Episode 3: Sandeep Panda on building a developer community, working with a Venture capital firm, and Software development practices in a startup

In this episode, I talk to Sandeep Panda, CEO and Founder of Hashnode, a friendly and inclusive developer community. Sandeep shares with me his entrepreneurial journey and all the lessons he learned along his way.

We talk about:

  • building a developer community from scratch, 
  • getting investors to fund your projects,
  • the ups and downs of entrepreneurship,
  • transitioning to remote work,
  • and software engineering practices in a startup,
  • code reviews, testing, deployment, and keeping technical debt at bay. 

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Highlights and overview for you:
  • The first 30 minutes: the entrepreneurial journey
  • Starting from 26:00: we talk about the development processes 
  • How and why Sandeep started his developer community (1:00)
  • How he met the investor firm Accel and asked for funding (5:54)
  • How he seeded and kickstarted the community (11:27)
  • How they spend time building a different pivot system – blockchain-based community (14:43)
  • How focusing on the wrong things led them down the wrong path. The friendly community wasn’t existent anymore. (21:15)
  • Sandeep explains what it means to be working with a VC firm (23:17)
  • Does Sandeep feel like an expert for software development? (26:09)
  • Sandeep’s experience with Next.js and MERN (Mongo, Express, React, Node)  tools? (27:05)
  • How does their development process look like? (28:55)
  • How do they check for site reliability and security issues? (32:14)
  • Do they run static analysis tools? Do they measure test coverage? Which testing practice do they follow? (33:48)
  • Why do they run a remote company? (38:29)
  • What about their DevOps process? Who has access to the production server, and how does deployment work? (42:13)
  • How do they deal with technical debt? (44:27)
  • Which books is Sandeep reading currently? (49:18)

All questions by McKayla:

  • Sandeep, you’re running a developer community, are you a developer yourself? (0:50)
  • So how did you become a developer? What was your way? Are you a self-taught developer or did you go to university? (1:00)
  • Did you have the urge to start your own company already during University or did it just come later? (1:45)
  • And, what was your first-day job after college? (2:40)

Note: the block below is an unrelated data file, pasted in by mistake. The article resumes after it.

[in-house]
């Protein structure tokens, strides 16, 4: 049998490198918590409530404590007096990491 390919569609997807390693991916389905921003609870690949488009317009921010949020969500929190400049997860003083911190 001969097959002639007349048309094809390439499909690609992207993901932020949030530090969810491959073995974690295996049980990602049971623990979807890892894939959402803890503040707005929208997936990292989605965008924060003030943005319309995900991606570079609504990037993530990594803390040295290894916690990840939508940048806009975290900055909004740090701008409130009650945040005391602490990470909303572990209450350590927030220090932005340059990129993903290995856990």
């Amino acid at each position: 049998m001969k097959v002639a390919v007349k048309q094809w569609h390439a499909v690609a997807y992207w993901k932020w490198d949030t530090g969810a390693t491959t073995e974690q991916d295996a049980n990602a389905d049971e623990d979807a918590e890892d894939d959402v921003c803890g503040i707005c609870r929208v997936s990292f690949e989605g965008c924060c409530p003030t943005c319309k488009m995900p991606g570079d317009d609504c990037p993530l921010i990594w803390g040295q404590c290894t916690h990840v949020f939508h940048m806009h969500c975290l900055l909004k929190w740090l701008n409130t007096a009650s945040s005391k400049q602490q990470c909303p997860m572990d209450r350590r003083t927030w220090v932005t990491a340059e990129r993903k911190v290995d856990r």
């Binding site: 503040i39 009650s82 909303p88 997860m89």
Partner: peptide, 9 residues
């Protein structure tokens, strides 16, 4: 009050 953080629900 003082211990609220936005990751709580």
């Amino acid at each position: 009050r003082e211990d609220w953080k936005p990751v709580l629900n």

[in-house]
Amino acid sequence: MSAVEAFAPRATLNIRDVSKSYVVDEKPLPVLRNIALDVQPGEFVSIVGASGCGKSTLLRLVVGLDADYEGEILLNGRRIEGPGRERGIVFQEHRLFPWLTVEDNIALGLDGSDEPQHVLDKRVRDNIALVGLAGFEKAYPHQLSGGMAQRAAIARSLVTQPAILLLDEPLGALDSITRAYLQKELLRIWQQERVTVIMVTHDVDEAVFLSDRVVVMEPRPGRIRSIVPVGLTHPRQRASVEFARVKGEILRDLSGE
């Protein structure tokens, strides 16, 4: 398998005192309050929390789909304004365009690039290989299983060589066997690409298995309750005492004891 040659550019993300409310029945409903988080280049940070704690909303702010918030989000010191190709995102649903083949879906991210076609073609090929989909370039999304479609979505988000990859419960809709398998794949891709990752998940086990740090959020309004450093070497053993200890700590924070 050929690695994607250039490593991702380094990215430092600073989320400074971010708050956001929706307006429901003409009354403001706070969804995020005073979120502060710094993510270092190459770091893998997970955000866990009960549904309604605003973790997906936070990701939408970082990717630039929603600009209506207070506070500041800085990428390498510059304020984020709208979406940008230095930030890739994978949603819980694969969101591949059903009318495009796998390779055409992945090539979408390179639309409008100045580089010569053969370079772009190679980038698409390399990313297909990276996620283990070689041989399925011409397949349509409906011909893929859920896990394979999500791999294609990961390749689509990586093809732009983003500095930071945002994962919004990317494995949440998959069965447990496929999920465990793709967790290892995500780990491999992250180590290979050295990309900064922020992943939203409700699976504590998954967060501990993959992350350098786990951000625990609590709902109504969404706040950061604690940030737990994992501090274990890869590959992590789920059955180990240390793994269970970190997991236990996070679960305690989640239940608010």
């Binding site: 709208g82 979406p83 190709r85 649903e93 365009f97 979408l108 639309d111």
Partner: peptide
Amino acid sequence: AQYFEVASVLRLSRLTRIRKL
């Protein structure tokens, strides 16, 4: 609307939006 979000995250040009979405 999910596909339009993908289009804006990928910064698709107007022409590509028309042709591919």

• And when you started Hashnode, did you do that full-time immediately, or was that as a side project again, so in addition to your nine to five job? (3:11)
  • So how did you decide which technologies to use? How Hashnode, you know, this community should look like? And how did the whole process start? (3:45)
  • And did you choose that tech stack because you wanted to make progress really fast and because you knew those technologies very well from your previous jobs and side projects you built while at university? (5:07)
  • How did you validate the idea of Hashnode? (5:54)
  • Can you tell me a little bit more about Accel, the VC firm? (7:18)
  • Was Accel the first firm that you ask for money and pitched your idea, or did you also try somewhere else? (7:46)
  • Was it sort of a smooth ride after talking to Accel or have there been ups and downs before you actually got they funding? (8:30)
  • After you pitch your idea, do you just wait or ping them multiple times? (9:27)
  • Do you have an idea of how many people used DevMag after the Producthunt launch? (10:50)
  • How did you know to kickstart the community from scratch? (11:27)
  • So your focus was really on building the community and not the system anymore, right? (12:49)
  • Was your first hire a community manager? (13:33)
  • How did you find your first employees? (14:09)
  • Are the same people still at your company or have you had to turn in your employees? (14:36)
  • What is a blockchain community? (15:42)
  • Why did this idea fall apart? (16:27)
  • OK so that’s actually another sort of pivot of your company, right? From this Q&A style website to blogging functionality for developers. So how is that going? (17:47)